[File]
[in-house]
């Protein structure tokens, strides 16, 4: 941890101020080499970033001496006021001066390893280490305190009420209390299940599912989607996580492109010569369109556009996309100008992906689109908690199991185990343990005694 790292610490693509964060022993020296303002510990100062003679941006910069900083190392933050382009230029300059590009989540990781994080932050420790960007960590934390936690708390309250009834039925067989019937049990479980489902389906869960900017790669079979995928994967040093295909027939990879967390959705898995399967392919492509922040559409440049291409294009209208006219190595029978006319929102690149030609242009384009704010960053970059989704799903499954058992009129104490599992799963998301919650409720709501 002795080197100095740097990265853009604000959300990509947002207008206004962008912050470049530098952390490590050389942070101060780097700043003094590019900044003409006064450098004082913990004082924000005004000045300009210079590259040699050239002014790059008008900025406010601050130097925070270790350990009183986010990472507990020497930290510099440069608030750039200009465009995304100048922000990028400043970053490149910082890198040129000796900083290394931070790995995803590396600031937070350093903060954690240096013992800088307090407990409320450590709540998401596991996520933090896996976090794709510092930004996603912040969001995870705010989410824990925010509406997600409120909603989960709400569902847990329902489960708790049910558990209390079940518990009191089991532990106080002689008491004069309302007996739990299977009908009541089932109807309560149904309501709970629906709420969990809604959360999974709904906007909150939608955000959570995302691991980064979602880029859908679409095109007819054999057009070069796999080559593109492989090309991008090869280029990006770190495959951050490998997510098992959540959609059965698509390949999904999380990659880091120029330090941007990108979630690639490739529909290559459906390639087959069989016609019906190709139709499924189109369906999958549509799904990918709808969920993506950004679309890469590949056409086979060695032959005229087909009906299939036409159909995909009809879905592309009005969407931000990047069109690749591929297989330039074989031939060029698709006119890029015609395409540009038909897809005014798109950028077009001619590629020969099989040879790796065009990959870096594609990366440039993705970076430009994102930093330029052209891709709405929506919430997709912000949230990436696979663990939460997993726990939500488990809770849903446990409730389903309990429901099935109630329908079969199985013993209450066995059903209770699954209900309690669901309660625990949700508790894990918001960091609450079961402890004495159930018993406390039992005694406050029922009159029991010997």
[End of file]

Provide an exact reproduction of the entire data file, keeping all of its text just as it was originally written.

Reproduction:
[in-house]
């Protein structure tokens, strides 16, 4: 941890101020080499970033001496006021001066390893280490305190009420209390299940599912989607996580492109010569369109556009996309100008992906689109908690199991185990343990005694 790292610490693509964060022993020296303002510990100062003679941006910069900083190392933050382009230029300059590009989540990781994080932050420790960007960590934390936690708390309250009834039925067989019937049990479980489902389906869960900017790669079979995928994967040093295909027939990879967390959705898995399967392919492509922040559409440049291409294009209208006219190595029978006319929102690149030609242009384009704010960053970059989704799903499954058992009129104490599992799963998301919650409720709501 002795080197100095740097990265853009604000959300990509947002207008206004962008912050470049530098952390490590050389942070101060780097700043003094590019900044003409006064450098004082913990004082924000005004000045300009210079590259040699050239002014790059008008900025406010601050130097925070270790350990009183986010990472507990020497930290510099440069608030750039200009465009995304100048922000990028400043970053490149910082890198040129000796900083290394931070790995995803590396600031937070350093903060954690240096013992800088307090407990409320450590709540998401596991996520933090896996976090794709510092930004996603912040969001995870705010989410824990925010509406997600409120909603989960709400569902847990329902489960708790049910558990209390079940518990009191089991532990106080002689008491004069309302007996739990299977009908009541089932109807309560149904309501709970629906709420969990809604959360999974709904906007909150939608955000959570995302691991980064979602880029859908679409095109007819054999057009070069796999080559593109492989090309991008090869280029990006770190495959951050490998997510098992959540959609059965698509390949999904999380990659880091120029330090941007990108979630690639490739529909290559459906390639087959069989016609019906190709139709499924189109369906999958549509799904990918709808969920993506950004679309890469590949056409086979060695032959005229087909009906299939036409159909995909009809879905592309009005969407931000990047069109690749591929297989330039074989031939060029698709006119890029015609395409540009038909897809005014798109950028077009001619590629020969099989040879790796065009990959870096594609990366440039993705970076430009994102930093330029052209891709709405929506919430997709912000949230990436696979663990939460997993726990939500488990809770849903446990409730389903309990429901099935109630329908079969199985013993209450066995059903209770699954209900309690669901309660625990949700508790894990918001960091609450079961402890004495159930018993406390039992005694406050029922009159029991010997």